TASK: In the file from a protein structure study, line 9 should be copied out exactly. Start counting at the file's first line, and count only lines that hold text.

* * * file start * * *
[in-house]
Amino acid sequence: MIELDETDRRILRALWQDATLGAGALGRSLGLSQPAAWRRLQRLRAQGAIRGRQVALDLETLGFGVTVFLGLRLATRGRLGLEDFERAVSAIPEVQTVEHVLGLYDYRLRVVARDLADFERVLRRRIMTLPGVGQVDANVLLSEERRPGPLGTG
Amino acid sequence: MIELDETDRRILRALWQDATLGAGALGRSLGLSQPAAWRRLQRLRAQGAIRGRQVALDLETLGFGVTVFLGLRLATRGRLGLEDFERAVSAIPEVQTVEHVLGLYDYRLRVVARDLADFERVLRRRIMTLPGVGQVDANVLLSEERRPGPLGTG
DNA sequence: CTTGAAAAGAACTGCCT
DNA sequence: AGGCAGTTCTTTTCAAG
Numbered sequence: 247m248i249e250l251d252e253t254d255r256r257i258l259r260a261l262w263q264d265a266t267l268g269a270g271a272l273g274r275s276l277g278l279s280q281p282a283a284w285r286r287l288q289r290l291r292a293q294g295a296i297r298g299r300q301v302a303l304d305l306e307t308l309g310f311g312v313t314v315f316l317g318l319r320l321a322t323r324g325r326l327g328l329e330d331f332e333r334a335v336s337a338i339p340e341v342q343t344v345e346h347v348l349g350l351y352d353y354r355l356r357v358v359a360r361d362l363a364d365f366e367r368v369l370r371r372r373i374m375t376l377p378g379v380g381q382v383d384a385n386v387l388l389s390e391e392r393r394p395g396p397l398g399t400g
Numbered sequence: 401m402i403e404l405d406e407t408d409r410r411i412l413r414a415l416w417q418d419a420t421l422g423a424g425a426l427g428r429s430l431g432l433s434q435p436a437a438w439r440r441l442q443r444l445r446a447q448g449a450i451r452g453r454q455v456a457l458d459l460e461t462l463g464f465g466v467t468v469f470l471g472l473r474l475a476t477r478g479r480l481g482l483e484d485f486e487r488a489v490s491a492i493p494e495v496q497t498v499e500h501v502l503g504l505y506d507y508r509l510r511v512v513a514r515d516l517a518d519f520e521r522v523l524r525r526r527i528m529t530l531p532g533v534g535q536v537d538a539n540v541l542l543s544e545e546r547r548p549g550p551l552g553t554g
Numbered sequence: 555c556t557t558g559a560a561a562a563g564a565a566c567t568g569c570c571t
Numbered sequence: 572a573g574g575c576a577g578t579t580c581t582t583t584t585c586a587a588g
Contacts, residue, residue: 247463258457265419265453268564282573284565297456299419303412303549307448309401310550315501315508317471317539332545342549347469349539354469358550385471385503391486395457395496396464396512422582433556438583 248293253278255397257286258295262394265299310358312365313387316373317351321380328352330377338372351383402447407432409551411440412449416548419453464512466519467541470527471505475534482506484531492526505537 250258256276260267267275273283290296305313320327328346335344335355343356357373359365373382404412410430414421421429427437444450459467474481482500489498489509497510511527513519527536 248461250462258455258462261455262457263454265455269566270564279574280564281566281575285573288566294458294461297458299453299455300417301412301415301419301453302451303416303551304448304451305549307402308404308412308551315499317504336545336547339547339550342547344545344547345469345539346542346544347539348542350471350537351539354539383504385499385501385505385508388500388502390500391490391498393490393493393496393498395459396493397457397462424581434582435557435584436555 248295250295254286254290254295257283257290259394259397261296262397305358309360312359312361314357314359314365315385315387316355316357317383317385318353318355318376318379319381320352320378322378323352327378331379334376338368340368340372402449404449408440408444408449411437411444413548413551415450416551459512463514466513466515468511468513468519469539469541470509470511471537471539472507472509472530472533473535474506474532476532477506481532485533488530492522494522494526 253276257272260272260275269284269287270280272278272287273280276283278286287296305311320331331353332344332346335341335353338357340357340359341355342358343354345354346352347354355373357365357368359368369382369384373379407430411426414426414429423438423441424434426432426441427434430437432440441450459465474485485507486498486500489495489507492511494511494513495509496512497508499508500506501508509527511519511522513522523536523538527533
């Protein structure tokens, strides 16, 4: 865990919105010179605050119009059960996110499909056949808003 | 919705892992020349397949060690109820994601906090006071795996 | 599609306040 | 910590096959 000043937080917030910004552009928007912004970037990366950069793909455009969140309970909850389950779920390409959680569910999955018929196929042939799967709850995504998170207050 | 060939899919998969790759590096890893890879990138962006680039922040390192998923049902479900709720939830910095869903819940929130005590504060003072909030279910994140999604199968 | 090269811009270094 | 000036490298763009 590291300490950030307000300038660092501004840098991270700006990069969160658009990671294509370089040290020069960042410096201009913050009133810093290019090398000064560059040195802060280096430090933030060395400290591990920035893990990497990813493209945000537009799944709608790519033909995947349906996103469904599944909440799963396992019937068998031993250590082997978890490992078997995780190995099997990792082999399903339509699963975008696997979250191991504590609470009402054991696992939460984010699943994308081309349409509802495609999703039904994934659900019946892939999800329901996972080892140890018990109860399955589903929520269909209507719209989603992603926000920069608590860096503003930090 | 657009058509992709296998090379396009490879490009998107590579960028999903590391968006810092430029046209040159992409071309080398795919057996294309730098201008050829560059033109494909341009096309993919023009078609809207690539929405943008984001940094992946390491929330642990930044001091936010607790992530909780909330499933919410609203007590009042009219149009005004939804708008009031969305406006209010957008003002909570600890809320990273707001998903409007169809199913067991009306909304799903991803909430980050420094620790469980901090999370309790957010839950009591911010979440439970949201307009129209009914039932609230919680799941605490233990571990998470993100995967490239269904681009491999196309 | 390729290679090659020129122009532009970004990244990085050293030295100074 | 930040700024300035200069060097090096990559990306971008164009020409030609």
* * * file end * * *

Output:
Numbered sequence: 572a573g574g575c576a577g578t579t580c581t582t583t584t585c586a587a588g